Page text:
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A gender discrimination suit filed against Alameda County District Attorney Tom Orloff on Wednesday hints at unrest among county prosecutors that may extend beyond plaintiff Angela Backers. In the suit filed in Alameda County Superior Court, Backers, who heads the office’s homicide division, claims she and other women have been unfairly passed over for promotion. She also alleges that, despite her 22 years of experience and a strong trial record, she’s been denied high-profile case assignments. In one incident that sparked the suit, the complaint says Backers sent an e-mail to all attorneys in the DA’s office last July, in which she compared wage proposals for county prosecutors to wage rates for the deputy DAs in other Bay Area counties. “Within minutes of reading [Backers'] e-mail, Orloff barged into her office, without knocking, and began shouting at her and berating her for having sent the e-mail to her colleagues,” the complaint states. “Among other things, Orloff angrily demanded that she not ‘stick [her] nose where it doesn’t belong.’” This wouldn’t be the first time Orloff has been accused of trying to stifle collective bargaining among staff attorneys. Last summer Orloff boosted pay for the deputy DAs “in an effort to discourage unionization in the DA’s office,” said Bob Britton, an organizer with the International Federation of Professional and Technical Engineers Local 21, which represents the county’s public defenders. Orloff was prepared to give deputy DAs a 3 percent pay hike but changed his mind after learning that the union had negotiated an increase of more than 7 percent for public defenders, Britton said. Prosecutors wound up with a pay raise that was in line with what the defenders received, the union organizer said. “Obviously if the county can get the district attorneys more money than we can get in a bargaining situation, then we’re not going to succeed during an organizing drive,” Britton said. Chief Assistant DA Nancy O’Malley confirmed the pay raise given to deputy prosecutors, but she said the raise was due to a policy of giving equal pay to all deputy attorneys in the county, including the county counsel’s office. “That’s how it’s worked forever and there’s nothing nefarious about that,” O’Malley said. As for Orloff’s response to the e-mail from Backers, O’Malley confirmed that the conversation took place but disputed the claim that Orloff raised his voice. “He’s not a screamer,” O’Malley said. “I’ve never heard him scream at anyone.” COULD’VE BEEN MORE Beyond the labor issues, Backers’ attorney, Kathryn Dickson of plaintiff employment firm Dickson Ross in Oakland, claims her discrimination case could have been filed as a class action. A number of women in the office � not just Backers � have shared the same gender discrimination concerns, said Dickson, though she said she would not specify the number of women for fear they might be sniffed out. A number of women are prepared to back up Backers’ claims if they have to, she said.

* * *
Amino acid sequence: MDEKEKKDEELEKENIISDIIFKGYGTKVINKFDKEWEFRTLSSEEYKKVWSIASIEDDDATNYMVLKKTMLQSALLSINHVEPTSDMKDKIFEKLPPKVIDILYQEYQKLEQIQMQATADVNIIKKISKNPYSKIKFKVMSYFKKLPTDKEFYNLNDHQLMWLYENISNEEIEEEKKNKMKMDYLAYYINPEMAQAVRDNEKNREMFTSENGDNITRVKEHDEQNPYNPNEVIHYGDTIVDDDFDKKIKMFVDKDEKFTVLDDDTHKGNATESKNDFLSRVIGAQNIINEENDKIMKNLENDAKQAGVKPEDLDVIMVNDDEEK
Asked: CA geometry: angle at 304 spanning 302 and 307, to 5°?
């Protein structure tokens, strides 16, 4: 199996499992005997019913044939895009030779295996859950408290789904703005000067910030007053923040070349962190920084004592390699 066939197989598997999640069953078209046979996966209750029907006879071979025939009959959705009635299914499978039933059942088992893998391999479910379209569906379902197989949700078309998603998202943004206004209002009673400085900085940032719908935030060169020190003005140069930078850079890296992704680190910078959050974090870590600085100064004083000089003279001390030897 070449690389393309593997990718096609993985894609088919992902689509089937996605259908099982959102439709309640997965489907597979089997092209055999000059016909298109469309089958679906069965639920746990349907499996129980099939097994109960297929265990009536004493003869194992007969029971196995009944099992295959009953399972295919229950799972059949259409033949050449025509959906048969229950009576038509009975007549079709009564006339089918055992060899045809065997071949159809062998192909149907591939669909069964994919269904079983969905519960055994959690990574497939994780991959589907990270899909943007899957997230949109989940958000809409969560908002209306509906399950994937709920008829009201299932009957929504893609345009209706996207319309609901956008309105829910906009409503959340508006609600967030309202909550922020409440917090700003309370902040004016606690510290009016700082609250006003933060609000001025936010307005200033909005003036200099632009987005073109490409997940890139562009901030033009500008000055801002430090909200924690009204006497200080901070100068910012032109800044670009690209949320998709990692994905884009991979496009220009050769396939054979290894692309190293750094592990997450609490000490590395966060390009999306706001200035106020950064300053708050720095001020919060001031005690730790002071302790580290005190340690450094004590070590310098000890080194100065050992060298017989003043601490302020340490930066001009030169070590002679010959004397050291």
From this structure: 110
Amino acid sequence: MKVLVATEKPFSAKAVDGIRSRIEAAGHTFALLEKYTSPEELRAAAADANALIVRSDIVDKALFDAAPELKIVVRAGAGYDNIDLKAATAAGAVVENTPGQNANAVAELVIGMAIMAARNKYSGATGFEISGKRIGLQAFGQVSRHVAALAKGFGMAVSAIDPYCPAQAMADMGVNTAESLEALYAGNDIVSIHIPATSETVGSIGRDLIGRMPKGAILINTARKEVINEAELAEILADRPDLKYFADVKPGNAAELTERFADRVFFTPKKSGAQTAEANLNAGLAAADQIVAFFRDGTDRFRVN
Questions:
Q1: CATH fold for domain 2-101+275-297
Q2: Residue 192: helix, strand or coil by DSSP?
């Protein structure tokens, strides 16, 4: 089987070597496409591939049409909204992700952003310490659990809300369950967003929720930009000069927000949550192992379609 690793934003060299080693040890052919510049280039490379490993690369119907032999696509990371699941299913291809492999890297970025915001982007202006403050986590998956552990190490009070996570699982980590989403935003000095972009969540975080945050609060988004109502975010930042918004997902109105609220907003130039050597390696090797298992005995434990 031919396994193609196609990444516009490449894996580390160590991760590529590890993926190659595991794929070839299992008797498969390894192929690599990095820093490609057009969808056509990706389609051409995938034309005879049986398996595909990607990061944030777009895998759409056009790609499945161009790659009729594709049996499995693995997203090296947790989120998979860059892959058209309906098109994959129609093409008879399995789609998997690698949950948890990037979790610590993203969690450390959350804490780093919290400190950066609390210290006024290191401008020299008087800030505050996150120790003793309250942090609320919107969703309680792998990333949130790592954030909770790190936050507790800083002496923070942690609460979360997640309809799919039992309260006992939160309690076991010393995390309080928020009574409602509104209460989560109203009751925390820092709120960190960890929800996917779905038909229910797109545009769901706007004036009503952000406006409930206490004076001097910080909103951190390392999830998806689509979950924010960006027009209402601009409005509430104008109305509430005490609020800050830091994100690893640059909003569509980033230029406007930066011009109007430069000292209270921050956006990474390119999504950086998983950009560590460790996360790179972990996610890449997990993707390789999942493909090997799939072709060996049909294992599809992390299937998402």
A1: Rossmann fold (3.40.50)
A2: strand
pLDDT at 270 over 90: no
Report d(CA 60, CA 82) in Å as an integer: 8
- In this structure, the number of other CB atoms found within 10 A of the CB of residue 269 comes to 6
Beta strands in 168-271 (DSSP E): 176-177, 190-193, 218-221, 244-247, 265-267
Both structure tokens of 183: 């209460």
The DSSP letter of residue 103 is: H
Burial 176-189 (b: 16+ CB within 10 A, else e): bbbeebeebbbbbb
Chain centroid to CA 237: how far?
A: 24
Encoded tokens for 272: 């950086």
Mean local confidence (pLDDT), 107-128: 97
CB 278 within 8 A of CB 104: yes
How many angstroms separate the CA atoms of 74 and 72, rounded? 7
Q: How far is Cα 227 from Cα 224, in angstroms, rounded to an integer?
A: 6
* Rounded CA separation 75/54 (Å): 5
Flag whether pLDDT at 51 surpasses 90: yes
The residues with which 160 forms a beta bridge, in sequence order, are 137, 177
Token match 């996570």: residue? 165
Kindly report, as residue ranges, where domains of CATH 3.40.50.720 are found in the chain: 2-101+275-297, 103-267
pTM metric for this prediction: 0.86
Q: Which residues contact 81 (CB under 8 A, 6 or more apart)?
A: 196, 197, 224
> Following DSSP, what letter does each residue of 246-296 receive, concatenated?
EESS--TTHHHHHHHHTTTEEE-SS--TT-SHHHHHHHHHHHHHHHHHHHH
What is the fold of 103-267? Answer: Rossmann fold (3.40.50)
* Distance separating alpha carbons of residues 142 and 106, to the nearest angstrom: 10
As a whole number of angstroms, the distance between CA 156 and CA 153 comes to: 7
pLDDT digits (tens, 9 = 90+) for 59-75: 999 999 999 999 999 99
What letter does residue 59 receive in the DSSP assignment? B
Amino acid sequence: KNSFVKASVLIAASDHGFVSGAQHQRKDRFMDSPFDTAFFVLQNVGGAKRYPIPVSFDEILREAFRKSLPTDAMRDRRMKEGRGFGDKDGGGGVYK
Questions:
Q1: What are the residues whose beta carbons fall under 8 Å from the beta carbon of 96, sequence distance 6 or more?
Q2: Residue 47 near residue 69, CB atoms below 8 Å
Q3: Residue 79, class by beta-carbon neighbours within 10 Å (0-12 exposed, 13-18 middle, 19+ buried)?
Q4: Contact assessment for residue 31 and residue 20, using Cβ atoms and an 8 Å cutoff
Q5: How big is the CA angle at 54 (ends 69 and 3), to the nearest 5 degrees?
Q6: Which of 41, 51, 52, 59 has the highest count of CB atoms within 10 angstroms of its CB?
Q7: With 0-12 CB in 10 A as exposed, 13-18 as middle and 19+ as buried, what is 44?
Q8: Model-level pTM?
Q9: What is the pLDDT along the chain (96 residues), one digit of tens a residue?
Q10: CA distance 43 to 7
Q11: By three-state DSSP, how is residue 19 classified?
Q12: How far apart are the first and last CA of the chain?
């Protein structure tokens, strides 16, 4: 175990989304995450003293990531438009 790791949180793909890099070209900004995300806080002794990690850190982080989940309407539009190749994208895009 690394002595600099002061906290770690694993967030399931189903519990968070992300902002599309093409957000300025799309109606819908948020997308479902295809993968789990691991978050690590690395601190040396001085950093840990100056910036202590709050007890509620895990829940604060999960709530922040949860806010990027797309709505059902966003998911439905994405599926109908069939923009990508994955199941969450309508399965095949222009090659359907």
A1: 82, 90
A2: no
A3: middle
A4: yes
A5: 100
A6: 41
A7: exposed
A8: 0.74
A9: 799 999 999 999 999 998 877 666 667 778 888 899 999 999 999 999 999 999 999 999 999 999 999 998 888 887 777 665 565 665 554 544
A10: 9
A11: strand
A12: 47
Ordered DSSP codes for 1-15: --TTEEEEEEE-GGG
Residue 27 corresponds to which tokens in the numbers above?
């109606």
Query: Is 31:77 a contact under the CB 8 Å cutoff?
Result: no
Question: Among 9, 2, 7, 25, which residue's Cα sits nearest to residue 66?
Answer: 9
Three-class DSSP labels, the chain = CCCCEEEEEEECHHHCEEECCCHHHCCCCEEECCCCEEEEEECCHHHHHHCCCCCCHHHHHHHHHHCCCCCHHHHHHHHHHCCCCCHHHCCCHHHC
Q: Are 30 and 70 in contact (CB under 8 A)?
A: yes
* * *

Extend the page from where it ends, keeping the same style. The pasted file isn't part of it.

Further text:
‘The allegations that are made in the complaint, I believe, will be disproved or disputed through fact. It’s disappointing. … Tom and I have been very proud of the statistical makeup of this office and we continue to outreach to make sure that we have an office that reflects our community.’

NANCY O’MALLEY Alameda chief assistant DA


But class actions tend to take longer to resolve, Dickson said. “It’s a pattern and practice case,” Dickson said. “It’s not just Angela. It’s women in general.” But that couldn’t be further from the truth, according to O’Malley � a woman who has served as the office’s No. 2 manager for eight years. She pointed to two other women who serve as branch heads and one interim head of one juvenile branch as examples of women who hold high positions in the DA’s office. However, none of those women hold the assistant DA II level to which Backers believes she has been denied promotion. “The allegations that are made in the complaint, I believe, will be disproved or disputed through fact,” O’Malley said. “It’s disappointing. … Tom and I have been very proud of the statistical makeup of this office and we continue to outreach to make sure that we have an office that reflects our community.” Prosecutor Sandy Quist was an assistant DA II, but she retired last year, O’Malley said. Backers claims Orloff refused to assign her cases involving the murder of police officers � the highest-profile cases in the office � despite her “better trial track record” in death penalty cases than the male prosecutors’. Orloff will be prosecuting the Irving Ramirez cop-killing case scheduled to begin trial later this year. Dickson would not comment on whether Backers had wanted to take that case. DEATH DEFYING In another incident cited in the lawsuit, Orloff allegedly ignored Backers’ recommendation in one case not to seek the death penalty, despite taking similar recommendations from her “less qualified male colleagues.” The lawsuit alleges Orloff knew the case was not strong enough to obtain a death penalty at trial, but wanted to “blemish her excellent trial record.” The lawsuit says Orloff falsely claimed the office “does not deal death cases.” O’Malley says there’s no blanket policy like that, adding that the decision-making procedure in potential death penalty cases is “a very, very responsible process.” A committee, including the preliminary hearing deputy DA, convenes and discusses whether they will charge special circumstances and if so, whether the penalty will be death or life without parole, O’Malley said. Sometimes, the committee will consider a memo from the defense attorneys. “She’s only one of the people that actually attends the meeting,” O’Malley said. “We have been as responsible and thoughtful and inclusive as we can possibly be in making that type of decision.”

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